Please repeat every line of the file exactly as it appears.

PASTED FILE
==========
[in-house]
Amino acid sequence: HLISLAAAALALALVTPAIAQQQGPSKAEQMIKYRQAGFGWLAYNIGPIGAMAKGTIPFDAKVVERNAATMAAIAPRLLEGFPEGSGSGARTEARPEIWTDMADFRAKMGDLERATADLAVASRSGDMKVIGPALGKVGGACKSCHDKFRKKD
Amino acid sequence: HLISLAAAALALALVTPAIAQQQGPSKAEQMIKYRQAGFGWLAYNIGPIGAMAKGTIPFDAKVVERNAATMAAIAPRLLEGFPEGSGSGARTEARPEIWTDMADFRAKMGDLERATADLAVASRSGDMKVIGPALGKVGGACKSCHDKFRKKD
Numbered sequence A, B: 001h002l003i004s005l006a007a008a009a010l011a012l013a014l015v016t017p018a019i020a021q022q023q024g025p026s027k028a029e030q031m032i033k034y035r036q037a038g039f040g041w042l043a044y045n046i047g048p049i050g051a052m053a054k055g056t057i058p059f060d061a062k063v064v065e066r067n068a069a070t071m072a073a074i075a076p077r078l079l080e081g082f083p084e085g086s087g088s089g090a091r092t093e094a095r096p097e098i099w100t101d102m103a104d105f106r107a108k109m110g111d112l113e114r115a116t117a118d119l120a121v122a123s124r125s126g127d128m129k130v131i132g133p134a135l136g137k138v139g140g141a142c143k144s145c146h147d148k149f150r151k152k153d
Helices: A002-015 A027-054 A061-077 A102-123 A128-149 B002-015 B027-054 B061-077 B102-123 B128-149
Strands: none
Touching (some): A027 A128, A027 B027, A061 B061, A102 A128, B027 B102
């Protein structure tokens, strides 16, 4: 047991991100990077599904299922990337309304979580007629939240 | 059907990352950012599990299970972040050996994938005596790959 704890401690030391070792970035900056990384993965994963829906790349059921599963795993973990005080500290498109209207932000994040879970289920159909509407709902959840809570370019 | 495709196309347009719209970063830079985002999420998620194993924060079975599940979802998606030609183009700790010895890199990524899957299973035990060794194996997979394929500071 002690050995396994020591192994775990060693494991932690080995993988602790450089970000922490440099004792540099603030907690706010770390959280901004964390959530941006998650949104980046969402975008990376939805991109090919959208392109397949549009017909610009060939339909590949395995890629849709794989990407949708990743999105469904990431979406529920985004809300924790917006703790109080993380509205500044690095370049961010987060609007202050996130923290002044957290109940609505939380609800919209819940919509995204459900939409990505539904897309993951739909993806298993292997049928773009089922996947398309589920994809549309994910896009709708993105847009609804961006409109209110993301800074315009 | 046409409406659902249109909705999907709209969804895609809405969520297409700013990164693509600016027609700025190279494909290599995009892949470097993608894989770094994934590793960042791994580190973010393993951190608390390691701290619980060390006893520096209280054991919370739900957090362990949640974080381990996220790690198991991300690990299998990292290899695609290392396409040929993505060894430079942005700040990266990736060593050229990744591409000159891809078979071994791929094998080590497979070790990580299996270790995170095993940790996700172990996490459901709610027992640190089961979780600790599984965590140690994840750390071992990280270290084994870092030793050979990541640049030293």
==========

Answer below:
[in-house]
Amino acid sequence: HLISLAAAALALALVTPAIAQQQGPSKAEQMIKYRQAGFGWLAYNIGPIGAMAKGTIPFDAKVVERNAATMAAIAPRLLEGFPEGSGSGARTEARPEIWTDMADFRAKMGDLERATADLAVASRSGDMKVIGPALGKVGGACKSCHDKFRKKD
Amino acid sequence: HLISLAAAALALALVTPAIAQQQGPSKAEQMIKYRQAGFGWLAYNIGPIGAMAKGTIPFDAKVVERNAATMAAIAPRLLEGFPEGSGSGARTEARPEIWTDMADFRAKMGDLERATADLAVASRSGDMKVIGPALGKVGGACKSCHDKFRKKD
Numbered sequence A, B: 001h002l003i004s005l006a007a008a009a010l011a012l013a014l015v016t017p018a019i020a021q022q023q024g025p026s027k028a029e030q031m032i033k034y035r036q037a038g039f040g041w042l043a044y045n046i047g048p049i050g051a052m053a054k055g056t057i058p059f060d061a062k063v064v065e066r067n068a069a070t071m072a073a074i075a076p077r078l079l080e081g082f083p084e085g086s087g088s089g090a091r092t093e094a095r096p097e098i099w100t101d102m103a104d105f106r107a108k109m110g111d112l113e114r115a116t117a118d119l120a121v122a123s124r125s126g127d128m129k130v131i132g133p134a135l136g137k138v139g140g141a142c143k144s145c146h147d148k149f150r151k152k153d
Helices: A002-015 A027-054 A061-077 A102-123 A128-149 B002-015 B027-054 B061-077 B102-123 B128-149
Strands: none
Touching (some): A027 A128, A027 B027, A061 B061, A102 A128, B027 B102
């Protein structure tokens, strides 16, 4: 047991991100990077599904299922990337309304979580007629939240 | 059907990352950012599990299970972040050996994938005596790959 704890401690030391070792970035900056990384993965994963829906790349059921599963795993973990005080500290498109209207932000994040879970289920159909509407709902959840809570370019 | 495709196309347009719209970063830079985002999420998620194993924060079975599940979802998606030609183009700790010895890199990524899957299973035990060794194996997979394929500071 002690050995396994020591192994775990060693494991932690080995993988602790450089970000922490440099004792540099603030907690706010770390959280901004964390959530941006998650949104980046969402975008990376939805991109090919959208392109397949549009017909610009060939339909590949395995890629849709794989990407949708990743999105469904990431979406529920985004809300924790917006703790109080993380509205500044690095370049961010987060609007202050996130923290002044957290109940609505939380609800919209819940919509995204459900939409990505539904897309993951739909993806298993292997049928773009089922996947398309589920994809549309994910896009709708993105847009609804961006409109209110993301800074315009 | 046409409406659902249109909705999907709209969804895609809405969520297409700013990164693509600016027609700025190279494909290599995009892949470097993608894989770094994934590793960042791994580190973010393993951190608390390691701290619980060390006893520096209280054991919370739900957090362990949640974080381990996220790690198991991300690990299998990292290899695609290392396409040929993505060894430079942005700040990266990736060593050229990744591409000159891809078979071994791929094998080590497979070790990580299996270790995170095993940790996700172990996490459901709610027992640190089961979780600790599984965590140690994840750390071992990280270290084994870092030793050979990541640049030293």